Where do our colonies come from.

    Although many of these queens are offered for sale individually some are purposely kept back and allowed to raise new colonies - which are then sold at a later date.

 

    We also use excess queens of some species like seed to produce future colonies. This is done by placing fertilized queens in prepared burrows / chambers under stones etc. helping them avoid most of their natural predators and giving them a higher chance to start colonies. Foundation places are carefully marked and revisited a few months later when many of the queens will have succeeded in raising young colonies. We can then harvest these ‘assisted natural colonies’ as required. This has proven quite successful with ground nesting genera such as Carebara and some Camponotus.

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We practice what we like to call ‘an ethical renewable collection policy’ -

utilizing several different methods of collecting which has minimal impact

on the existing wild populations.

    Some young / mature colonies are specifically collected from cultivated farmlands. Here mature colonies are frequently poisoned by the farmers as they are considered pests which hinder work on the land and / or affect the crops grown by damaging the plants.  

    Species such as Carebara diversa and Solenopsis geminata frequent this open exposed type of habitat and we are in effect saving these colonies from a slow painful death.

 

    We are also continually on the lookout for forest clearance projects / new building sites etc. and ask for permission to collect from these sites before the ground work commences. Collecting from these areas saves the colonies that would otherwise be destroyed once the heavy building / landscaping work commences.

    We also maintain several ‘cultivated mother colonies’ of certain species in our garden and on our own farm land. These are protected against predators and regularly fed to encourage them to increase in size.

    These colonies then produce yearly crops of alates which we can collect, and we can also remove ‘parts’ of the colony at regular intervals. Species such as Anoplolepis gracilipes and Paratrechina longicornis which both produce large multi queen mega colonies are maintained and collected this way.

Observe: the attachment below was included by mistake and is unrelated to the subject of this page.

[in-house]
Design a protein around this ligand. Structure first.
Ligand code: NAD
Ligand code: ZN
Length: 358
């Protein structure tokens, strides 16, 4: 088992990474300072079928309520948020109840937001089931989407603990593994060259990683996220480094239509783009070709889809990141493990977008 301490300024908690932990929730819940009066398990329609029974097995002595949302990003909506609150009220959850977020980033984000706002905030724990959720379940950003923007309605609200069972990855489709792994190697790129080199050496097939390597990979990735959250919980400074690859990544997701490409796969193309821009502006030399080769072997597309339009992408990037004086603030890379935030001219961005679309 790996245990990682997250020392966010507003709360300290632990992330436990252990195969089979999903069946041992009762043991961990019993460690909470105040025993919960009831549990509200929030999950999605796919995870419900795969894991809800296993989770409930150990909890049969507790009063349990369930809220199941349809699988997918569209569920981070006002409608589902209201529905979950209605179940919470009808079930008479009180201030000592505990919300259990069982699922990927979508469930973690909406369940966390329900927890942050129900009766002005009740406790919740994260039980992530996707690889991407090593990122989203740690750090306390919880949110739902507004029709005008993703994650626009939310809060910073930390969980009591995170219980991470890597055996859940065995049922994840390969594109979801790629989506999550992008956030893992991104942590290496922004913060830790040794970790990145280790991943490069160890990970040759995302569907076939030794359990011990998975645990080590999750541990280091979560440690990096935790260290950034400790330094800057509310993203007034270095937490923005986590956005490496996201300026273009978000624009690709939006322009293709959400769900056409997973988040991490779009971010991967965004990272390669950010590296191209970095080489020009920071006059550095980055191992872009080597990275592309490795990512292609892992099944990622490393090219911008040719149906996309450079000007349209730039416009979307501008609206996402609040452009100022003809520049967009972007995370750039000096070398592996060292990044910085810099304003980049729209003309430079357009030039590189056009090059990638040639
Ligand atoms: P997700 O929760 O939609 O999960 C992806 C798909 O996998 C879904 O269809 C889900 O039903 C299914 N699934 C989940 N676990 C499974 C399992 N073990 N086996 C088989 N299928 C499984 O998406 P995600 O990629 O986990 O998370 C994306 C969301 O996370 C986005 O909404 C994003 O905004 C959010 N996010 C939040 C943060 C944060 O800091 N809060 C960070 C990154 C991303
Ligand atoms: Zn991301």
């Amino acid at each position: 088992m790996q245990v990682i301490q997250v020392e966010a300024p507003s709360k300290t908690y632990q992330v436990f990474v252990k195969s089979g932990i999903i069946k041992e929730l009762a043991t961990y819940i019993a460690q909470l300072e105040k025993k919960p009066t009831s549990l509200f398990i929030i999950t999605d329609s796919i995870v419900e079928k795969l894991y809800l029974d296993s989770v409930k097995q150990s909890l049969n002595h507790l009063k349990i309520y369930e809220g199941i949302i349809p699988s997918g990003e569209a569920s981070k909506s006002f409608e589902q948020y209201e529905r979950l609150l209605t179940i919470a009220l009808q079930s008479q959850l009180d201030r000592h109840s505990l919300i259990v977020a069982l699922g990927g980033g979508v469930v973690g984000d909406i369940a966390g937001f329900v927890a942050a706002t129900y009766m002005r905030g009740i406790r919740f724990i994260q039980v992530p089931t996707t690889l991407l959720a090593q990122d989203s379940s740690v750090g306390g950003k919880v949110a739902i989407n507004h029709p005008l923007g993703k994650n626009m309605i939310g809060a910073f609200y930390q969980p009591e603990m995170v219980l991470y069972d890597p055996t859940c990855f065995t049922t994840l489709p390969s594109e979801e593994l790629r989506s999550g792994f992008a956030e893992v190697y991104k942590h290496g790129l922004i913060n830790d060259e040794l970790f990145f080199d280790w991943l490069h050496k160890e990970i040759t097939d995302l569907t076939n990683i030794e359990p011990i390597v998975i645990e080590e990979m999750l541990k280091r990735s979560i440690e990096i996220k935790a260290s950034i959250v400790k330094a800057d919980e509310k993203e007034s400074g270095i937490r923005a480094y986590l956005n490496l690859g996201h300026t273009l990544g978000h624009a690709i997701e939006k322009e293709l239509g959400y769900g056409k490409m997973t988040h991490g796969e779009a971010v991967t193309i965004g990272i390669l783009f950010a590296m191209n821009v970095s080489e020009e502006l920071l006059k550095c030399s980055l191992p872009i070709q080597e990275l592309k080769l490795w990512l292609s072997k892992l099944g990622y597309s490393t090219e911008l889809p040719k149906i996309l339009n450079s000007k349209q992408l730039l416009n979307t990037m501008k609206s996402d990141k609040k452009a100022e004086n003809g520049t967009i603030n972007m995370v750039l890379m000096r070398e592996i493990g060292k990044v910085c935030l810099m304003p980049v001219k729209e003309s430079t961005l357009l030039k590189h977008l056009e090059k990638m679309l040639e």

In some cases, we will collect wild colonies from certain natural localities - but are very careful on how this is done with the aim of not upsetting the natural balance.

    For example, we have only found Diacamma scalpratum in one particular secluded forest that is owned and protected by the monks of a nearby temple. This species does not have nuptial flights as such and propagates itself by division. This is a very slow method of propagation and overcollection could quickly cause the natural population to collapse.

    To provide a continual supply of new colonies we have assessed the total number of colonies inhabiting the forest and allowing for maintaining the wild population have worked out we can only harvest between 8-10 colonies a year. This amount allows the natural population to maintain its numbers and will allow us to continue harvesting colonies for many years.

    While we are collecting this species, we purposely leave the larger colonies which are near the time of division and give additional food and remove potential threats to the existing colonies.

         

    Setting up a mobile light trap which is powered from a car battery.  

    This enables us to collect from locations where there is no access to mains power.

 

Our ultimate aim regards collection is to be able

to offer for sale many different species - which we

have managed to source from stock that otherwise would have been lost to natural predators or environmental dangers.

 

And to collect from areas which we have 'managed'

and where the removal will have minimum impact on

the population of existing colonies - and hence not

affect the balance of the ecosystem.

    Carebara diversa can be found nesting in open exposed places near cultivated farmland.

    Forest habitat where Diacamma scalpratum can be found.

    Where colonies have been removed from the wild and we have had to dig them out the area is always returned to its original state before we move on - with all holes filled in and vegetation replaced.

    It is in our best interests to maintain the wild colonies to provide a continual source of stock. If we depleted these colonies by destructive overcollection we would have fewer and fewer colonies to sell in the future.

    Ant hunting in the rainy season - mosquitoes, scorpions, snakes, poisonous caterpillars and giant spiders are just a few of the perils.

 

    Over the past eight years we have designed and perfected our own special light trap. This is used during the alate flying season to capture new queens of those species that fly around dusk or later.  

    In nature many of these queens would be taken by predators such as bats, geckos, frogs and other ants etc. and we are in this case utilizing stock that is usually lost during the foundation stage.

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